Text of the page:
• Material. The material you choose for your roosting bar is also important. Wood is a popular option, as it’s comfortable for chickens to grip and won’t get too hot or cold. Avoid using metal bars, as they can be slippery and uncomfortable for chickens to roost on.
  • Location. The location of your roosting area is also important. Chickens prefer to roost in a dark, quiet area, so ensure the roosting bar is located away from windows or bright lights.
  • Cleaning. Make sure to clean your roosting area regularly to prevent the buildup of droppings and other debris. A removable droppings board can make cleaning easier and more efficient.

Additional Considerations For Chicken Coop Design

While the material of your chicken coop and the space required per bird are important factors to consider when designing your chicken coop, several additional considerations can make a big difference in the health and happiness of your chickens.

Ventilation In The Chicken Coop

Good ventilation is essential for a healthy chicken coop. Proper ventilation helps to remove moisture and ammonia from the coop, which can cause respiratory issues for your birds.

Ensure to include vents or windows in your coop design to promote air circulation.

Lighting In The Chicken Coop

Chickens need access to light to regulate their circadian rhythms and encourage egg-laying. Natural light is the best option for this, so locate your chicken coop, where it gets a good amount of morning and late afternoon sunlight but shade during the heat of the day.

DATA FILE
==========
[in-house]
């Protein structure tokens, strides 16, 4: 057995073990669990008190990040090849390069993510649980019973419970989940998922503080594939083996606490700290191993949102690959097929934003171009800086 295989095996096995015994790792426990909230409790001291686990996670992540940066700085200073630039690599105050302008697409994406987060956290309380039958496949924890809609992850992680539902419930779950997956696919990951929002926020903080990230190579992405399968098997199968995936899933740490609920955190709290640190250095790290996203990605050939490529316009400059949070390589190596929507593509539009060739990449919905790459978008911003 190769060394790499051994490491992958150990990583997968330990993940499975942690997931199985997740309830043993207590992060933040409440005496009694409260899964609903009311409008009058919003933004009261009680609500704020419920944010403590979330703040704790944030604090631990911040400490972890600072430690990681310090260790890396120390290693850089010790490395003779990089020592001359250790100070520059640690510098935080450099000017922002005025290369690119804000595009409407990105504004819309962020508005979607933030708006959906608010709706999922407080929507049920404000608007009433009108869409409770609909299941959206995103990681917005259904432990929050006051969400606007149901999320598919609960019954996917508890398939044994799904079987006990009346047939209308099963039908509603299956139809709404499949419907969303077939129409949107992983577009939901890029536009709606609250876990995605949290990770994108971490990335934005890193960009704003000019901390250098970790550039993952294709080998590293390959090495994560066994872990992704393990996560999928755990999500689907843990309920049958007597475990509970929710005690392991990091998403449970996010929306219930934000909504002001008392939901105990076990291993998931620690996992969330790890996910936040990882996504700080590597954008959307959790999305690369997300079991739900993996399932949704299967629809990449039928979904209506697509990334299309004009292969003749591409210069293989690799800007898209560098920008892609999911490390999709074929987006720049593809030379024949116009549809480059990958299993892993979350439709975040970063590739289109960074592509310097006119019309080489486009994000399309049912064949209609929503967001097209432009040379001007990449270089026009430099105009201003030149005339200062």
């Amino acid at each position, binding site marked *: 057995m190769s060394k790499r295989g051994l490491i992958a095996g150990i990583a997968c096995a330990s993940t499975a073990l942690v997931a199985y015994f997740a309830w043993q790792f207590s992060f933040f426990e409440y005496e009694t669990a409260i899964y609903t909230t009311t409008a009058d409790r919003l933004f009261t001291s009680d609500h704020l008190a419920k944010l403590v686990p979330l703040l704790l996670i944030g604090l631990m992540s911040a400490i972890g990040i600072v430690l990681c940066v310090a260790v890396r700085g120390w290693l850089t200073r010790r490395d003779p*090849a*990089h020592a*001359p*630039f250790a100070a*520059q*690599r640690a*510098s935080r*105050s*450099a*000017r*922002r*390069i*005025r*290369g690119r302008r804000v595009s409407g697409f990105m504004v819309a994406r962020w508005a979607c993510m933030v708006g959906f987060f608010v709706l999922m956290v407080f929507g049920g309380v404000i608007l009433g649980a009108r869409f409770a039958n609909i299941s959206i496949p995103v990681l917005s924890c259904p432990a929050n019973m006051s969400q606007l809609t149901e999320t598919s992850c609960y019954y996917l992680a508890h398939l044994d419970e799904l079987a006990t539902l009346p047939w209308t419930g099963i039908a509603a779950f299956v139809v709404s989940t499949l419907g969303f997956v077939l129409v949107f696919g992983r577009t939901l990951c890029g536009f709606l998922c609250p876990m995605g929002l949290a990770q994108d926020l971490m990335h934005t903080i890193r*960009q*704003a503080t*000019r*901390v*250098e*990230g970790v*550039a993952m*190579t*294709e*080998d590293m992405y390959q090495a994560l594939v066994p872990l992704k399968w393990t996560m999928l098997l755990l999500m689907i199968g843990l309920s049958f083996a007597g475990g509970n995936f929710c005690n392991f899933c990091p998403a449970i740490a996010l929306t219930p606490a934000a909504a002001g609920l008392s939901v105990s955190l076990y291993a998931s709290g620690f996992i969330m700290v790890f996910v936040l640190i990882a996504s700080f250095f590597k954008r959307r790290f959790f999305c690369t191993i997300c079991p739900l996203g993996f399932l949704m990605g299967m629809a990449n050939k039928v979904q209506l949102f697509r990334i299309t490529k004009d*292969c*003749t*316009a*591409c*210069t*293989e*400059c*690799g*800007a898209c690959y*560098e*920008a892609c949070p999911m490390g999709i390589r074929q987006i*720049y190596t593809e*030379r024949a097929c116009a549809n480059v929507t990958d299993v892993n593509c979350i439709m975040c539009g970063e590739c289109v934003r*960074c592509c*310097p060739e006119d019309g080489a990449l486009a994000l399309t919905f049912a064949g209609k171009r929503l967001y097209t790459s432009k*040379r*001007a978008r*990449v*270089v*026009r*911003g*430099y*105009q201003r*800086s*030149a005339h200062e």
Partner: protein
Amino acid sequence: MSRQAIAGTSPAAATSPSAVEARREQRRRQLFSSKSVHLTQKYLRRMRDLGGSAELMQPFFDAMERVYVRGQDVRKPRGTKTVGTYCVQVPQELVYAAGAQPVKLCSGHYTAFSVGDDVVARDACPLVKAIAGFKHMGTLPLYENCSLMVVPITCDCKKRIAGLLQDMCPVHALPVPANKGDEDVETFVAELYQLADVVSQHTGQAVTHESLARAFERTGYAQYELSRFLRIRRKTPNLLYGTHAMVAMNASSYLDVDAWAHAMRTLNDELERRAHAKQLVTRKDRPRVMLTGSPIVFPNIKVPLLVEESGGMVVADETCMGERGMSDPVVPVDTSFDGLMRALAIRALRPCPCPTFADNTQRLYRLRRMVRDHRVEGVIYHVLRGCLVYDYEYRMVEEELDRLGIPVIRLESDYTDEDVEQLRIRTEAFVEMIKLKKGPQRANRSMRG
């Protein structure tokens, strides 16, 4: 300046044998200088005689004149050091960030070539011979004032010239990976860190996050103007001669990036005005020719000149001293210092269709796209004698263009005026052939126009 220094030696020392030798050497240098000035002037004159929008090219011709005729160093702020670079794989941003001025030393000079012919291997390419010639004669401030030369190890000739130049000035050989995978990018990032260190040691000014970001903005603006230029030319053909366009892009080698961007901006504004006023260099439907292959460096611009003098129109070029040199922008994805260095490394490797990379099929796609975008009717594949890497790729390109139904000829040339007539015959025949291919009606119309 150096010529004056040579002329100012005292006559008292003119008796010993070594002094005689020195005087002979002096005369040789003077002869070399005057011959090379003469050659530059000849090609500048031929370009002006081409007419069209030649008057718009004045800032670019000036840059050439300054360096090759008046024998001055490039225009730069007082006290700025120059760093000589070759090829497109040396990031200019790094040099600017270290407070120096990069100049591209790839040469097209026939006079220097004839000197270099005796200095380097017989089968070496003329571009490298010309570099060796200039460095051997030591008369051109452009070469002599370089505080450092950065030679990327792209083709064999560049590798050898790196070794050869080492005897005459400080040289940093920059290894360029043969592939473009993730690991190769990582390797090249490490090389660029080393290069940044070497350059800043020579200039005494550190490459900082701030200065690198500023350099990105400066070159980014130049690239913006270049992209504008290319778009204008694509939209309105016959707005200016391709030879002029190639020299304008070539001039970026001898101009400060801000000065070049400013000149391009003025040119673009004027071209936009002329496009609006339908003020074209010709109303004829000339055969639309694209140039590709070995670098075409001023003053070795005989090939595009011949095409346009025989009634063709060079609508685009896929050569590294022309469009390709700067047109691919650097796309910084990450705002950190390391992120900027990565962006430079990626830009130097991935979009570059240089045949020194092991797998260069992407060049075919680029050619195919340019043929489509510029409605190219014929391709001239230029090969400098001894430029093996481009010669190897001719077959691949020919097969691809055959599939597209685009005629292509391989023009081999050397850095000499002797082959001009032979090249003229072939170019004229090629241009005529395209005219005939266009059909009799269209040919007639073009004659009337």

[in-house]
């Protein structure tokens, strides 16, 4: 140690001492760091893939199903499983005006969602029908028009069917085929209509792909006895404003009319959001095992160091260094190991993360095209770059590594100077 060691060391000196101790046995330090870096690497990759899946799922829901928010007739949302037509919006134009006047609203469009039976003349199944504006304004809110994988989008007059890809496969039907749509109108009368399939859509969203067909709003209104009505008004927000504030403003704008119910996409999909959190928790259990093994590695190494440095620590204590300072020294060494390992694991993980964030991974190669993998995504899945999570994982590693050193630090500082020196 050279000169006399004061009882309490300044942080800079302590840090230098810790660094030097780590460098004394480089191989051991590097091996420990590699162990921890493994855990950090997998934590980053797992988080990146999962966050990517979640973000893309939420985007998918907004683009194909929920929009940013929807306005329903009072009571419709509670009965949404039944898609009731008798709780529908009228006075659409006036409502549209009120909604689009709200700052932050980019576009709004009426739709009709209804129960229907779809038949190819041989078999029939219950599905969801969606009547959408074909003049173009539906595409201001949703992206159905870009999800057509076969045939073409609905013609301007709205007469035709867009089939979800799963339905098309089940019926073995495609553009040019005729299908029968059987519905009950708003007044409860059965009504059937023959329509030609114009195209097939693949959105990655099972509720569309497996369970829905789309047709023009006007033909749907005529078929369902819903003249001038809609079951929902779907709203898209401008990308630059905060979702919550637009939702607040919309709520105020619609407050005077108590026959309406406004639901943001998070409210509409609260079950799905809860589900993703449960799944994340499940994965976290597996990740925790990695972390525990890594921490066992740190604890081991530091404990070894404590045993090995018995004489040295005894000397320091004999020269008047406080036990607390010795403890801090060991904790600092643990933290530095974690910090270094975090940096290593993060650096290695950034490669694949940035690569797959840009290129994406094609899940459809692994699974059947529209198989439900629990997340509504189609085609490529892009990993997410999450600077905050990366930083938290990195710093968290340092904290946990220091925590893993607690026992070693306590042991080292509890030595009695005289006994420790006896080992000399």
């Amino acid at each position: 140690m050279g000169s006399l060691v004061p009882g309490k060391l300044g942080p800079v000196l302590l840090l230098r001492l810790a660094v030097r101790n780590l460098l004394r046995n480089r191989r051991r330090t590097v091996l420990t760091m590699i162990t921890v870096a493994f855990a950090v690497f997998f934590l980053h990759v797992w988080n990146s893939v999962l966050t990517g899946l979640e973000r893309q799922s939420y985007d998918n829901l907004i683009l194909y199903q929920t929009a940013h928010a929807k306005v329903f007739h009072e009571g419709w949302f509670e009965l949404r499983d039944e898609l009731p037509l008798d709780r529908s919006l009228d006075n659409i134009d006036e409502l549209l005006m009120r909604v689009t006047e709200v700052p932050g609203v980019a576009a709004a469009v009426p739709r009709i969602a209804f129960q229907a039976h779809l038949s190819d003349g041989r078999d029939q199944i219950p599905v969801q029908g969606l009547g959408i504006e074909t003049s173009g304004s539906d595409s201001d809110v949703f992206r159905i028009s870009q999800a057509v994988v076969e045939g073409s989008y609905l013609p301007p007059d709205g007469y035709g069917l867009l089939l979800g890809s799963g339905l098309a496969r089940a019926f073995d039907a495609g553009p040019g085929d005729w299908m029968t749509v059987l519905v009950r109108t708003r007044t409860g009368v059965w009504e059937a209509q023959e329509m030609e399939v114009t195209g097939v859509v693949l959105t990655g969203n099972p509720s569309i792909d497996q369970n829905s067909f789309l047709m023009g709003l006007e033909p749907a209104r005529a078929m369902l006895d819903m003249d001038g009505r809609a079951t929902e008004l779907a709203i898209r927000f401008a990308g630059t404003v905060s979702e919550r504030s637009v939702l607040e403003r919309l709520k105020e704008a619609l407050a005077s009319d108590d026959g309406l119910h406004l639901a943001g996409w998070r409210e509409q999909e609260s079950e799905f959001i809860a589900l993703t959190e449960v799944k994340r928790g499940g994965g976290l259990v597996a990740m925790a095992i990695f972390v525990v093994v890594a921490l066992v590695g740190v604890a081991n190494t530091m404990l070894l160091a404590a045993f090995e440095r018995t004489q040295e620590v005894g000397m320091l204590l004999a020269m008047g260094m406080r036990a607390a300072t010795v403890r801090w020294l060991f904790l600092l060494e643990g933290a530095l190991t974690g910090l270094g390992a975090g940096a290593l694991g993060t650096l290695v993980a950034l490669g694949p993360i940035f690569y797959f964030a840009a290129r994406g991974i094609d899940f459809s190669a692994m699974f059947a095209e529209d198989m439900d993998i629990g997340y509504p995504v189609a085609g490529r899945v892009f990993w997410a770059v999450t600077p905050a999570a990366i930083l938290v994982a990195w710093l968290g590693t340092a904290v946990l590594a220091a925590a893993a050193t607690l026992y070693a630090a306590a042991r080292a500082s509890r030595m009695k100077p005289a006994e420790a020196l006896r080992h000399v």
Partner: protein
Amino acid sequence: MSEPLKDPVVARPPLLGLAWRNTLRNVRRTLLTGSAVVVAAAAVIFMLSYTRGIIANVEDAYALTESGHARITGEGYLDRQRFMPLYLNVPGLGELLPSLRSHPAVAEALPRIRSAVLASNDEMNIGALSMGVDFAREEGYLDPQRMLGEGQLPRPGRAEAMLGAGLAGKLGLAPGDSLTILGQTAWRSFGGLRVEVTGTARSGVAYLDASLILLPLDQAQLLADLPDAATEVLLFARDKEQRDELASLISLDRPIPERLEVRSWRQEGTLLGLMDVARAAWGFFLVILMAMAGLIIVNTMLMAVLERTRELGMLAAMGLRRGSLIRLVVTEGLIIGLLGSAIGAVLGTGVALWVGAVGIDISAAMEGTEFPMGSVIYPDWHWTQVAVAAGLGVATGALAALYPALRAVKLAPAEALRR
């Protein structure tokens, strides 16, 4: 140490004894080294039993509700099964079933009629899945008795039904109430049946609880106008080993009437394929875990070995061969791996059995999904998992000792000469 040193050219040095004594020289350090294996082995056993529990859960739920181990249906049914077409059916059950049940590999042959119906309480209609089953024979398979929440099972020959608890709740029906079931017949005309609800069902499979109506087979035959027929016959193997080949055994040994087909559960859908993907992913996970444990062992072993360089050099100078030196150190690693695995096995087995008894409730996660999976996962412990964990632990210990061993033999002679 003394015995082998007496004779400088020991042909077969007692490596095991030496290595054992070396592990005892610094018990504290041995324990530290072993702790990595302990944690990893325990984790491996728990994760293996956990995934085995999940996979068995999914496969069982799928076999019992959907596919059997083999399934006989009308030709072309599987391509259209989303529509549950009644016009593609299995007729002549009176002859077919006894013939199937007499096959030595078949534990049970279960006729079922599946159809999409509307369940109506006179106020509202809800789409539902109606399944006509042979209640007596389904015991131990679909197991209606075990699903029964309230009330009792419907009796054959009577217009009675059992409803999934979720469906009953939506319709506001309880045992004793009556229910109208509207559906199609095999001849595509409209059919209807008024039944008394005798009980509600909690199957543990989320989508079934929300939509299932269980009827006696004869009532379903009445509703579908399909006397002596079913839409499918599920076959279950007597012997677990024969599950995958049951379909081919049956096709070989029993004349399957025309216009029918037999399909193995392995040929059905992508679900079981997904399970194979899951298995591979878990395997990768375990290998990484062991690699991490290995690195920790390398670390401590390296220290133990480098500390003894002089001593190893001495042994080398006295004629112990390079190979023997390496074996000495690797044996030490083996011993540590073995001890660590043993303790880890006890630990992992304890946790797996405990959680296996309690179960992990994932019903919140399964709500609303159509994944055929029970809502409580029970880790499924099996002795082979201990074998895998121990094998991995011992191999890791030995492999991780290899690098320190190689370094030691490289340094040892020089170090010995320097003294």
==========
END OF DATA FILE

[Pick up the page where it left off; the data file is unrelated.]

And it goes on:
Including windows or skylights in your coop design is a good way to allow natural light to permeate the chicken coop.

You may need to provide artificial lighting in the coop during winter to mimic longer daylight hours and promote a more productive egg-laying cycle for your hens.

The light should be on a timer to switch off at a certain time of night and come on again when the sun normally rises in the summer months.

Accessibility Of the Chicken Coop

Make sure your chicken coop is accessible for cleaning and maintenance. Design features such as removable nesting boxes, easy-to-clean flooring, and a removable droppings board can make cleaning and maintenance tasks much easier.

Security Of The Chicken Coop

Protecting your chickens from predators is essential. Ensure your coop is designed to keep out predators such as raccoons, foxes, and rats. Use sturdy wire mesh to cover windows and vents, and make sure the coop door can be securely locked at night.

Providing Food And Water In The Chicken Coop

Make sure to include a designated feeding and watering area in your coop design. Provide easy access to food and water, and make sure to clean and refill these areas regularly.


Designing a chicken coop requires careful consideration of several factors, including the best material for the coop, the space required per bird, roosting space, ventilation, lighting, accessibility, security, and feeding and watering needs.

By designing a thoughtful and functional chicken coop, you can ensure your chickens are healthy, happy, and productive. With a well-designed coop, you can enjoy the benefits of fresh eggs and the joy of raising backyard chickens.


Owen Jung

Owen is the co-founder of Our Daily Homestead. Own grew up in his parent's homestead in Illinois and learned all things gardening, sustainability, and off-grid living while he was young. He now shares his knowledge through this website.